Marx-Engels Correspondence 1861

Marx To Engels
In Manchester

Source: MECW, Volume 41, p. 305;
First published: in Der Briefwechsel zwischen F. Engels und K. Marx, Stuttgart, 1913.

[London,] 5 July 1861

Dear Engels,

Your letter enclosing 5 most gratefully received.

For the past 3 days I have had a foul inflammation of the eyes which has prevented me from doing any writing or reading. However, I believe it will pass in a couple of days.

Lupus found Alberts extremely obstructive. (I would mention in passing that the latter is Bernstorff’s factotum. Also chief police agent and chief pimp to the more select visitors from Prussia.) However, with his own particular brand of rudeness, he finally browbeat Alberts into entering a long scrawl on his Swiss passport to the effect that Lupus, an exile, was availing himself of the amnesty, etc., to travel to Wiesbaden, etc., for such and such a purpose. Initially, he had been told that, because of his 10 years’ residence abroad — so this is the story they dish out to everyone — he had lost his Prussian citizenship. He should therefore have himself naturalised as an Englishman and travel on an English passport.

Zedlitz, by the by, told Lassalle shortly before his resignation that I had republican or, at least, anti-royalist views, and it was their unvarying principle never to renaturalise anyone of that couleur. They didn’t want to set a praecedens in my case. Winter, Zedlitz’s successor, told Lassalle he could not reverse his predecessor’s decision. Finally Schwerin, who was also being pestered by Lassalle and wanted to be rid of him, said he would refer the matter to the Berlin municipal council — which, however, he won’t do. During the debate in the Chamber on the subject of refugees, Vincke et cie applauded loudly when Schwerin announced that the government would always reserve the right to decide each particular case as it thought fit.

As to the secession business, the matter has been quite wrongly represented in the English papers. Everywhere, with the exception of South Carolina, there was the strongest opposition to secession.

First: border Slave States. A convention of the border States was held in the winter of 1861. Those invited were Virginia, Kentucky, Arkansas, Maryland, Delaware, Tennessee and North Carolina. For this purpose, further Conventions were held in each of the above states so that delegates might be sent to the General Convention.

Delaware refused even to call a convention for this purpose.

Tennessee ditto. Its Democratic Legislature took it out of the Union by coup de main. Admittedly, an election was later held to ratify this invalid Act. This took place under a reign of terrorism. More than 1/3 didn’t vote at all. Of the remainder, 1/3 were against secession, including the whole of East Tennessee, which at this moment is arming to oppose the secessionists.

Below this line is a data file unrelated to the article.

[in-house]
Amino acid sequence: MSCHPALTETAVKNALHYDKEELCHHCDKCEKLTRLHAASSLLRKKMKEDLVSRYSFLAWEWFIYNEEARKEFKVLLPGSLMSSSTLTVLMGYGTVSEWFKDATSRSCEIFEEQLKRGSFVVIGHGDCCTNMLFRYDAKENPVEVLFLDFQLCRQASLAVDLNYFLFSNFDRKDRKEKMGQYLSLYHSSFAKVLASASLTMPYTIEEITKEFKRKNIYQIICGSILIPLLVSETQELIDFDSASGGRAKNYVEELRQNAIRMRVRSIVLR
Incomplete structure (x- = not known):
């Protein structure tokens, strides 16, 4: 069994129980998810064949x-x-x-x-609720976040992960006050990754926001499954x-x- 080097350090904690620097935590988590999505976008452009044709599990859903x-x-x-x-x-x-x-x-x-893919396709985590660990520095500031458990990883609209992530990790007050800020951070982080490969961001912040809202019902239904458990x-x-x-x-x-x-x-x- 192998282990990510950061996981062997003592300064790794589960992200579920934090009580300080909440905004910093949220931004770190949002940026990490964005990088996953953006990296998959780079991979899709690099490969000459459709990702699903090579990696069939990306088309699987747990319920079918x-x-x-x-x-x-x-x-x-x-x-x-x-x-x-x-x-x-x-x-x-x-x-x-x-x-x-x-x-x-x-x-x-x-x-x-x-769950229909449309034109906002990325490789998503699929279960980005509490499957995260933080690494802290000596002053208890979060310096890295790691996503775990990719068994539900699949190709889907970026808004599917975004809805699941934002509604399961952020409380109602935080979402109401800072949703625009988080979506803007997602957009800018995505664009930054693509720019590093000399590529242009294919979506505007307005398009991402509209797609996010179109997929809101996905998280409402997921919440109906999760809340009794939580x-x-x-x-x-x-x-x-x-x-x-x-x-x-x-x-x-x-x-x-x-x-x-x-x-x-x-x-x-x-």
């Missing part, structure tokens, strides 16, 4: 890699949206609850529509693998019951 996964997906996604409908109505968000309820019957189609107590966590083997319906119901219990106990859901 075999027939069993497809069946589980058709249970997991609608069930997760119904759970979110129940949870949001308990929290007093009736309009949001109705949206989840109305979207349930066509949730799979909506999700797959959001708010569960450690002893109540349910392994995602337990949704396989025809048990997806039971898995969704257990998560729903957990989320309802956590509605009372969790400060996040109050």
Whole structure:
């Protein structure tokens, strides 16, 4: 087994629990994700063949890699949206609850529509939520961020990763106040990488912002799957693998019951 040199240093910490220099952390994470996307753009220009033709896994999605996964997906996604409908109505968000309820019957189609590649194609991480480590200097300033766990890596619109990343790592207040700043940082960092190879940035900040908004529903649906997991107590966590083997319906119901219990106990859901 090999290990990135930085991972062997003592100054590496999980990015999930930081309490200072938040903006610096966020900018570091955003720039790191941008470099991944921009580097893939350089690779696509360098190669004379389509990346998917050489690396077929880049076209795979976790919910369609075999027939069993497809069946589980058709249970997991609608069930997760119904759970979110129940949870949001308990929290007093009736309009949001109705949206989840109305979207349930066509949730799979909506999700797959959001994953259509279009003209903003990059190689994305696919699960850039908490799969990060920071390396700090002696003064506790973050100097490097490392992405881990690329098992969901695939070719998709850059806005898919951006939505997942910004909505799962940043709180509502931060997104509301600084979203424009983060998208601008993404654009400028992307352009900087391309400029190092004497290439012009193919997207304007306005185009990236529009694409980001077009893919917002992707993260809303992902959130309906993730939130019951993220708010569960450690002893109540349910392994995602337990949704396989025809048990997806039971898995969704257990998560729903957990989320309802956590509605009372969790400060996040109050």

Kentucky. 100,000 for the Union ticket, only a few thousand for secession.

Maryland declared itself in favour of Union, and has now elected 6 Union men as Members of Congress.

North Carolina and even Arkansas elected Union delegates, the former actually by a large majority. Subsequently terrorised.

Virginia. The people elected a Union Convention (by a majority). Some of these chaps allowed themselves to be bought. When the Southern fever was at its height — fall of Sumter — an Ordinance of Secession was passed secretly by 88 to 55. All other moves — while the Ordinance continued to be kept secret — aimed at the capture of the Federal Navy Yard at Norfolk and the Federal Armory at Harper’s Ferry were carried out secretly. Were betrayed to the Federal Authorities before their execution. An alliance with Jefferson Davis’ Government was concluded in secret, and a huge mass of Confederate troops was suddenly pitched into the territory. Under their protection (truly Bonapartist, this), it now voted for secession. 50,000 Union votes nevertheless, despite the systematic terrorism. As you know, North Western Virginia has now publicly broken with the secessionists.

Second: Gulf States. A popular vote proper was taken only in a few states. In most of them, the conventions, which were chosen to decide the attitude of the southern states to Lincoln’s election (subsequently, at the Montgomery Congress, it was they who formed the delegates), usurped the power not only to decide on secession but also to recognise the Constitution, Jefferson Davis, etc. How this actually came about you will learn from the extracts below, taken from Southern American papers.

Texas, where, after South Carolina, there is the largest Slave Party and terrorism, nevertheless 11,000 votes for Union.